When asked in a recent Wall Street Journal poll as to why most folks don’t hire a financial planning firm or an RIA (registered investment advisor), the number one reason cited was the fees they might end up paying for using their services. Really? Let’s just put it this way…if the fee was not worth it, nobody would pay it yet millions of people do so clearly there must be something worthwhile they are getting in return. So why pay a financial planner or an advisor when you could go get the same or similar investments on your own. The answer is simple. It’s because there is a lot more to it than just giving you a basket of investments.
- As financial planners, we improve the asset allocation you have, we reduce the risk in your portfolio, we help you increase the return of your portfolio and we re-balance the portfolio for you barring any tax consequences. And that tax thingy is a big deal to make sure that re-balancing is done in the right way and in the right account. All of that reduces risk, increases returns and minimize taxes and that is the goal.
- We want to make sure that you are saving in the right kind of account and that you have the right type of investments in each of those accounts, whether it is tax-deferred, tax-free or taxable. When it is time to generate income, we want to make sure that you are withdrawing from the right account at the right time to reduce your current taxes and your future taxes. We want to make sure that you are using the right account registration. Is it a joint account with your spouse, tenant in entirety, tenant in common or is it a trust account? Which one is best for your unique situation?
- We want to make sure that you have the right beneficiary designations on your accounts and the information related to these designations is correct and accurate. What would happen if you got the beneficiary wrong on your IRA and you named your estate as the beneficiary instead of your children by name? That can cause the kids to lose half the money to taxes and suffer a year of probate before they can get their inheritance.
- We want to make sure that you are increasing the amount you are saving. How much extra wealth will you accumulate because we got you to save more, not merely because we got you in the right investments? We want to make sure that you keep your investments and that you don’t sell during a panic like in 2008 and that you are not buying tech stocks during the frenzy of 1999. How much extra wealth will you accumulate because of that?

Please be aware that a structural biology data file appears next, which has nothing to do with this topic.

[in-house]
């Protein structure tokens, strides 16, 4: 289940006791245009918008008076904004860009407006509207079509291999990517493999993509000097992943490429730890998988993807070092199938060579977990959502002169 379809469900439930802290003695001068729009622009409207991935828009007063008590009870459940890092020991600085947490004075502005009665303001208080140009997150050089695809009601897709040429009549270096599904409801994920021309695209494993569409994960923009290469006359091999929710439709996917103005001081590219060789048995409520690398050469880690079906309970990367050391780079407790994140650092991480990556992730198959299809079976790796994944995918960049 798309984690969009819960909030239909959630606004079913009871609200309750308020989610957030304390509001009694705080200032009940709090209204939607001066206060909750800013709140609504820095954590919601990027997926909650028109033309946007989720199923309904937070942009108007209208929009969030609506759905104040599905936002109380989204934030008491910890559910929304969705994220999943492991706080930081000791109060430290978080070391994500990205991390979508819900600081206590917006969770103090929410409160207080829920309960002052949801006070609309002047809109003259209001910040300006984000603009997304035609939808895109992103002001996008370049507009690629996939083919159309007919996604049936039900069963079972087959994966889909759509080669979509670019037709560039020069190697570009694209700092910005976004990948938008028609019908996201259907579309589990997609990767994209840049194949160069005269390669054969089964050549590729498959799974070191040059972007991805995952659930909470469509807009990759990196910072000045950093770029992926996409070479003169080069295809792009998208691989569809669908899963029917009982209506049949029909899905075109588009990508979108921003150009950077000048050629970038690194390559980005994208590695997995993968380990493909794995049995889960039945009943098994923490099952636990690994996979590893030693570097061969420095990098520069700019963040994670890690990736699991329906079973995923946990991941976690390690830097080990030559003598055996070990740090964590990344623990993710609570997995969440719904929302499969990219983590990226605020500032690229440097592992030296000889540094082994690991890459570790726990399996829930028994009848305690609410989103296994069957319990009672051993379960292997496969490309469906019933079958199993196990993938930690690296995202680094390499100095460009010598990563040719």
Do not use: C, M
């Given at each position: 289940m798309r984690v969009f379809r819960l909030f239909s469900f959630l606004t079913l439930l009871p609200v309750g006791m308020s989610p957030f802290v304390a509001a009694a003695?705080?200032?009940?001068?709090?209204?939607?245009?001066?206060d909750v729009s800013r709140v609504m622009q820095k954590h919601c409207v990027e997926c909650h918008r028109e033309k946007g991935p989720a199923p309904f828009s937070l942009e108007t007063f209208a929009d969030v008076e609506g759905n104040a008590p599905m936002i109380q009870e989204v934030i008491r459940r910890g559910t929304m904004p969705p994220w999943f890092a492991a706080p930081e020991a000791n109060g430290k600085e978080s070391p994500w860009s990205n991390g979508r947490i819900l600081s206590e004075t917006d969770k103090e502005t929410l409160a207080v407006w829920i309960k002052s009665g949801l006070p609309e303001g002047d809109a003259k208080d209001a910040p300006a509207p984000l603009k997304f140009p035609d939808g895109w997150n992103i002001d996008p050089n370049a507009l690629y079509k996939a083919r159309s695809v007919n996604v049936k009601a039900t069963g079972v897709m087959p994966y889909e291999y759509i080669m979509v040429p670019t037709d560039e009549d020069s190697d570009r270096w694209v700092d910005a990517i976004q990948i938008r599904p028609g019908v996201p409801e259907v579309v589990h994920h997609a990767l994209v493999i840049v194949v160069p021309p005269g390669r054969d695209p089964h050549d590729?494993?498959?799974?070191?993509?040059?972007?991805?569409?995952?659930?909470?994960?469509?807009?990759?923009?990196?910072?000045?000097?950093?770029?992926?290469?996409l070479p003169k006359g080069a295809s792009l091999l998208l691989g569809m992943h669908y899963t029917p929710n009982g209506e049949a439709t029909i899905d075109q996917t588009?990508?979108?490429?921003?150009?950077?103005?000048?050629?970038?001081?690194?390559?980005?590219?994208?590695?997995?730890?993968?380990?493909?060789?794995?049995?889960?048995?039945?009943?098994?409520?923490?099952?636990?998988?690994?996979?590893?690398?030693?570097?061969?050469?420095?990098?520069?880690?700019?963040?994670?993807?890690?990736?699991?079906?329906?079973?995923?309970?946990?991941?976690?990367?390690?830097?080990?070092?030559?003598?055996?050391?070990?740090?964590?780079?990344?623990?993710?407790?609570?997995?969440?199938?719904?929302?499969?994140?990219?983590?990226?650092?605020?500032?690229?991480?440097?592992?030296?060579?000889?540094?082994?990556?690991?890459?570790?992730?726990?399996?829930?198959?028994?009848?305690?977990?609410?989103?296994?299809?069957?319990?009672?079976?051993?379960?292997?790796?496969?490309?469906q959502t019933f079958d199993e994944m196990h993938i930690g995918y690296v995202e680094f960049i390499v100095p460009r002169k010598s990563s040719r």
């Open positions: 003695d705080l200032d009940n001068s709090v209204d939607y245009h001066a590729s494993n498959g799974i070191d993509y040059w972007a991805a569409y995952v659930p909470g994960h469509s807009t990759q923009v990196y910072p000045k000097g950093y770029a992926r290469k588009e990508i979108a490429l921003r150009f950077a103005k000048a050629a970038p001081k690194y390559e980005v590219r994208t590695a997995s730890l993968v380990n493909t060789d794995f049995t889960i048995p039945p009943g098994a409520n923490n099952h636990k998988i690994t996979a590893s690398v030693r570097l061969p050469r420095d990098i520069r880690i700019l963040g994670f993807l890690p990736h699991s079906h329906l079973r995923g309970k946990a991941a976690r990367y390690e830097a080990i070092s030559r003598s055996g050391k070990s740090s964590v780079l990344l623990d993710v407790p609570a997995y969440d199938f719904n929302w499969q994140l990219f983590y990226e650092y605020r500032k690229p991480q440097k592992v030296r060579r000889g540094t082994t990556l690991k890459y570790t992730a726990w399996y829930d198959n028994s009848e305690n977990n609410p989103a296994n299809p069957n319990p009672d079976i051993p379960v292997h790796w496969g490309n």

- What if you don’t have life insurance and your advisor convinces you to get one and then later you discover that your life expectancy is suddenly a lot shorter than you thought because of a major medical crisis that develops. We can’t begin to tell you how many times we encounter that situation. That airline crash or that road accident in which a parent dies. When such events happen, the first thing that comes to our minds is whether that dad or that mom on that unfortunate flight or in that accident had adequate life insurance so that the family that remains has one less thing to worry about. Your family’s life can change in a heartbeat and if your advisor navigates you through that process, how much is that worth?
- We want to make sure that you have the right amount of life insurance and that you are not overpaying for it. If a spouse dies and leaves $2 million to the widow, that doesn’t show up in the investment returns but do we not get credit for that advice and recommendation. And there’s no fee for that.
- What about the pointers and the advice we will offer for probably one of the biggest purchases you will make in your life, your home. What about making sure that you don’t get in over your head on that next rental property investment you are about to make? How much is that worth?
- We want to make sure that you are maximizing your employee benefits at work. How much value is there in that?
- We want to make sure you don’t make hugely expensive mistakes with college savings and paying for college either in terms of unnecessary expenses or lost opportunities and capturing the entitled profits that otherwise you might not have grabbed.
- Say you are a business owner and you have a 401(k) for you and your employees and you don’t even know that it is not complying with the rules. You might be at risk of having the plan declared invalid by the Department of Labor, costing you huge taxes and fees that could easily be fixed by having a talented financial advisor on your side.